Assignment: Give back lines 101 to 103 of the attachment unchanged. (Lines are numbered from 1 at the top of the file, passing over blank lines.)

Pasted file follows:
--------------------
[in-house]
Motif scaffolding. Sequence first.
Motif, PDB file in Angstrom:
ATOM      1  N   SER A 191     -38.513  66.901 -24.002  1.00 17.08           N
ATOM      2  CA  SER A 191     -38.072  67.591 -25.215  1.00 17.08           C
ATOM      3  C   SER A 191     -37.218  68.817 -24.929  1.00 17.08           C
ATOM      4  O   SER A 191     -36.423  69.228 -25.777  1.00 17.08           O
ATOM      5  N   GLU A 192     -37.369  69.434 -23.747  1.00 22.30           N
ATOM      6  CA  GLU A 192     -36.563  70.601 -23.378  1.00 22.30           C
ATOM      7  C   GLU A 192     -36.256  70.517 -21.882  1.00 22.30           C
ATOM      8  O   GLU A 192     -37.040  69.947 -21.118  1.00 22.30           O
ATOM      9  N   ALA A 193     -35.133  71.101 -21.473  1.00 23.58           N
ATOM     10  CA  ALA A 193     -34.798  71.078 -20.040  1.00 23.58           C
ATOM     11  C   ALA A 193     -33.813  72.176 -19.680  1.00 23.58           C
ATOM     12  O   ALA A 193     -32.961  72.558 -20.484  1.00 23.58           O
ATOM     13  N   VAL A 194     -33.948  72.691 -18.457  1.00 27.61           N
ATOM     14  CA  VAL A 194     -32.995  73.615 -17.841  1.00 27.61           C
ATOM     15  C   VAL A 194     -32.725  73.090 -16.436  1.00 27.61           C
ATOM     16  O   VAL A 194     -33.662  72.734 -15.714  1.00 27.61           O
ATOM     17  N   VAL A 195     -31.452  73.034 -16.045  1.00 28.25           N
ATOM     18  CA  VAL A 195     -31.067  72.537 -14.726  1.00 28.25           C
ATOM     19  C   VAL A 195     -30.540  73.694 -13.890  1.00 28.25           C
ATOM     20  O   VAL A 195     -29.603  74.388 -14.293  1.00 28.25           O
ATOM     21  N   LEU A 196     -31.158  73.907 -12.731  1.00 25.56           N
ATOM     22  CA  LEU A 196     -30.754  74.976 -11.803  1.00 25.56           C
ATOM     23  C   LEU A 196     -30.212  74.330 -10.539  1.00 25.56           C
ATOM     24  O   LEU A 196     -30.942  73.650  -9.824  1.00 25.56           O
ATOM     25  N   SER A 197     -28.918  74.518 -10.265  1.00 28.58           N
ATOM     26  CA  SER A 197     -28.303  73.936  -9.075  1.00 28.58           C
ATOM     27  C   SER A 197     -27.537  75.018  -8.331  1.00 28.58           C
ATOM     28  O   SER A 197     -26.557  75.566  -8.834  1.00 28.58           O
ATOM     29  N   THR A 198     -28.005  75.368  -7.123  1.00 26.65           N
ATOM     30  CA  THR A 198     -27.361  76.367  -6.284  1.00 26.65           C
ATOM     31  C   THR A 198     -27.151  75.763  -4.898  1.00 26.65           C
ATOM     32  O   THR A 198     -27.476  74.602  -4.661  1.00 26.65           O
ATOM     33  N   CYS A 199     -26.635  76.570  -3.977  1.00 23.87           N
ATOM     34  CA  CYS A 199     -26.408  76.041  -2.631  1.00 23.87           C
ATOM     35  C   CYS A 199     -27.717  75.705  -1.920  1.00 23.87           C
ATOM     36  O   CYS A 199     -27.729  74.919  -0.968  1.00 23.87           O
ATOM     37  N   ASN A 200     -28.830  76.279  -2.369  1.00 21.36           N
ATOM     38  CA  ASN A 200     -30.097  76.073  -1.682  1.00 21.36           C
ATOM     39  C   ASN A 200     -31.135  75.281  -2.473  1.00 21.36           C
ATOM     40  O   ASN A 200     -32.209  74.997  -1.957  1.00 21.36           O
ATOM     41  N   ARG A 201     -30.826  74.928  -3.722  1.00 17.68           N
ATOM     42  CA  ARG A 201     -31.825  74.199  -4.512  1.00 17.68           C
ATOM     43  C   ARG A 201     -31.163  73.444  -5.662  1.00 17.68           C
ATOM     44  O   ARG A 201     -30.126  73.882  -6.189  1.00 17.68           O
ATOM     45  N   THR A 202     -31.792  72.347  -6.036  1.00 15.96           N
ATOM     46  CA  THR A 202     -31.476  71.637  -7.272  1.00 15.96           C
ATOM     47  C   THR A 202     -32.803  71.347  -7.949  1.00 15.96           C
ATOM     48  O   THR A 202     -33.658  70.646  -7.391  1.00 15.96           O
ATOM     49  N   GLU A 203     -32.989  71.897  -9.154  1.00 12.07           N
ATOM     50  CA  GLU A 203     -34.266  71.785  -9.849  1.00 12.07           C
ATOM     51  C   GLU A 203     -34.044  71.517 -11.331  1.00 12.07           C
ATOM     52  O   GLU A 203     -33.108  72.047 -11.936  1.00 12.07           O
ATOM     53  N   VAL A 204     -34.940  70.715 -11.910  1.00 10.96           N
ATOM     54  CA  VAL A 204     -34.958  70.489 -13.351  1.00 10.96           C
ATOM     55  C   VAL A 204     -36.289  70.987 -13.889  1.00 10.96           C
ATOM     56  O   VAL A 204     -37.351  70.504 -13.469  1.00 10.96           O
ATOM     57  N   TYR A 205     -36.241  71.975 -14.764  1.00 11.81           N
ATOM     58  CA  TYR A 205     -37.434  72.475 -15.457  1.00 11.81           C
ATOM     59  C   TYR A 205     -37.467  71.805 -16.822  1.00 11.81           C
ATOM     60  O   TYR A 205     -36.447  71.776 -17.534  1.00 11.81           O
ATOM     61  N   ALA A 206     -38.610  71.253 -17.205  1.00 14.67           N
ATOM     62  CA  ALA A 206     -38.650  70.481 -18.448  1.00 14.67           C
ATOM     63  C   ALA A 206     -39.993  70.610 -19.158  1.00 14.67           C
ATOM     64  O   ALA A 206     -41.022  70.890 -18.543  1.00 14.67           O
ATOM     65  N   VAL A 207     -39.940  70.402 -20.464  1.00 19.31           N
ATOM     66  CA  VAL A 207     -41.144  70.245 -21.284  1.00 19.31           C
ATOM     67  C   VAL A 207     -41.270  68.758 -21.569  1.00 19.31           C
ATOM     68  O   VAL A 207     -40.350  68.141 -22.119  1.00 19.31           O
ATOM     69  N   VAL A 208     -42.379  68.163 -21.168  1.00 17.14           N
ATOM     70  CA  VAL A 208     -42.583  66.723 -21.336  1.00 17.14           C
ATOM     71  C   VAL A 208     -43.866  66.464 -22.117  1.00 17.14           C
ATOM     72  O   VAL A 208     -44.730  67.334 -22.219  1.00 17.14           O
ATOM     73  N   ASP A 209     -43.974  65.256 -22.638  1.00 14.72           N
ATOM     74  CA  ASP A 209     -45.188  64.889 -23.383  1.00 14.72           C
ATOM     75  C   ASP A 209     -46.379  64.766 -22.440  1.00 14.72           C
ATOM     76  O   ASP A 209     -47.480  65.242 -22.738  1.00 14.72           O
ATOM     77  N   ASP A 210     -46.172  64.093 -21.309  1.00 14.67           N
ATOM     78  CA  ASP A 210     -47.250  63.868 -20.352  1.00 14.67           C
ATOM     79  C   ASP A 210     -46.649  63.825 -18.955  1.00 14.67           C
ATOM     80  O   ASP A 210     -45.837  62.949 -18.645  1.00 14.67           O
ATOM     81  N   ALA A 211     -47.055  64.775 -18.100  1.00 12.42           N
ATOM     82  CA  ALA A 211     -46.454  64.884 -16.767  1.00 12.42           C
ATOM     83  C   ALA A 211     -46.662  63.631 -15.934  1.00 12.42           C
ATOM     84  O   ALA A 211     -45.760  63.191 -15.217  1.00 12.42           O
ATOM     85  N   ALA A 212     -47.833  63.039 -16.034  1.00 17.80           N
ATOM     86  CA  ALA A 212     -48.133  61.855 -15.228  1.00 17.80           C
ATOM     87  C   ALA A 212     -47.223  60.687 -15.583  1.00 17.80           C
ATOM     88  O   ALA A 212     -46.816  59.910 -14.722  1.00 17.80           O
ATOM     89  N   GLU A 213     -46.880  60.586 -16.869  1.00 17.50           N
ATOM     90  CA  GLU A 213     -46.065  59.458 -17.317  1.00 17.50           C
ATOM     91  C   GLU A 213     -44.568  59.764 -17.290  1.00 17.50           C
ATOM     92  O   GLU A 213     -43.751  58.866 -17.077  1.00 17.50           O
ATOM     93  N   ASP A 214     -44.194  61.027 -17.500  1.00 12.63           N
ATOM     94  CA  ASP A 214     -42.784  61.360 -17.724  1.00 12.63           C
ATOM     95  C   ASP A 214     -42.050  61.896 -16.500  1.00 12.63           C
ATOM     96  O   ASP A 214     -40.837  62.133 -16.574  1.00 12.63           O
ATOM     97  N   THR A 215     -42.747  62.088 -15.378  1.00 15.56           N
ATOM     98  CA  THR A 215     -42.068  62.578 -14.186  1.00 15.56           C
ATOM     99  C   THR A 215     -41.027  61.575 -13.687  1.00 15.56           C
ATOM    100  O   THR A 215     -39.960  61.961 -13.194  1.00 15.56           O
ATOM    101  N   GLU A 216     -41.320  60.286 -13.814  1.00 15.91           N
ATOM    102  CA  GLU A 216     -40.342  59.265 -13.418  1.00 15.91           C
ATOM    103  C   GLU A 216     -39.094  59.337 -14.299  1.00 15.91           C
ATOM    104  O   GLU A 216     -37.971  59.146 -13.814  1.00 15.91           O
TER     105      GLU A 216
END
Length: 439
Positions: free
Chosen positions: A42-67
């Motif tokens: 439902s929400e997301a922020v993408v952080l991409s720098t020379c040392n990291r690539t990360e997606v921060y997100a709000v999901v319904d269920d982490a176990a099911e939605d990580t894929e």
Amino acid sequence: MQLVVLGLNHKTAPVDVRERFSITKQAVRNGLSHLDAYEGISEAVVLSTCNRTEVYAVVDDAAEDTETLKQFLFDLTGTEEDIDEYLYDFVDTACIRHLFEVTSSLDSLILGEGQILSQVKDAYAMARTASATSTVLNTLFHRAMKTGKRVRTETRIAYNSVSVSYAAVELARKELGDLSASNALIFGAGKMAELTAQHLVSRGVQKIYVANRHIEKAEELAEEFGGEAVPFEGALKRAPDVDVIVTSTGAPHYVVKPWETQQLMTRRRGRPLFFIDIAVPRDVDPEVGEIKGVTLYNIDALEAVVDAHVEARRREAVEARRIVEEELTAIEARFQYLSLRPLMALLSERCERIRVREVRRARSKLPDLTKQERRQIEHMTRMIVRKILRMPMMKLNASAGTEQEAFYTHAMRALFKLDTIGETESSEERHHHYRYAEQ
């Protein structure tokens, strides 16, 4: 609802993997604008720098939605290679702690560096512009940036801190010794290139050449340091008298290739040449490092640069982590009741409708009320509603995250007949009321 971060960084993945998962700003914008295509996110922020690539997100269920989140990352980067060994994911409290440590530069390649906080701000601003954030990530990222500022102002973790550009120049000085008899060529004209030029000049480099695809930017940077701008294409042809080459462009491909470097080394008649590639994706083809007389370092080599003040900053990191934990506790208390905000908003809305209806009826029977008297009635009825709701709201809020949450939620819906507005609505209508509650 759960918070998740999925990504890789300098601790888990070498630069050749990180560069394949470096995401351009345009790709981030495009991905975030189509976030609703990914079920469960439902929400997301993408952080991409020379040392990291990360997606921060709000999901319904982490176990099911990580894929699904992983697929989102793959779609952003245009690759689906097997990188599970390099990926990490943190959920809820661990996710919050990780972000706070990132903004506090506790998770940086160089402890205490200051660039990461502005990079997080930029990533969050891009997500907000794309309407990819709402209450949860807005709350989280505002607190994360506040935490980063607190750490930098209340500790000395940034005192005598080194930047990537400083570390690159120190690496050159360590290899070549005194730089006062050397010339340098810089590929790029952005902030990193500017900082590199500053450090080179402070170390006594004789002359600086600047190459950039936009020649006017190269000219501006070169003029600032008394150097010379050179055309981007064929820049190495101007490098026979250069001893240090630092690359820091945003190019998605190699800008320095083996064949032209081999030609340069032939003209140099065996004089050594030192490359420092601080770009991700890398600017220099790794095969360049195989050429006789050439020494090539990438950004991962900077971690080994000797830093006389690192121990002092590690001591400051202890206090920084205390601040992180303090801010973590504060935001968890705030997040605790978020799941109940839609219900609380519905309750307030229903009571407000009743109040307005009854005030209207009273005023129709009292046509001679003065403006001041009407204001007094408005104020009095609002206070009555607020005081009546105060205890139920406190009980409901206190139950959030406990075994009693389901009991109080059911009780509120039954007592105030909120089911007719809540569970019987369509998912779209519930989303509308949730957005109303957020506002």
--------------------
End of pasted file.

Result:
ATOM     98  CA  THR A 215     -42.068  62.578 -14.186  1.00 15.56           C
ATOM     99  C   THR A 215     -41.027  61.575 -13.687  1.00 15.56           C
ATOM    100  O   THR A 215     -39.960  61.961 -13.194  1.00 15.56           O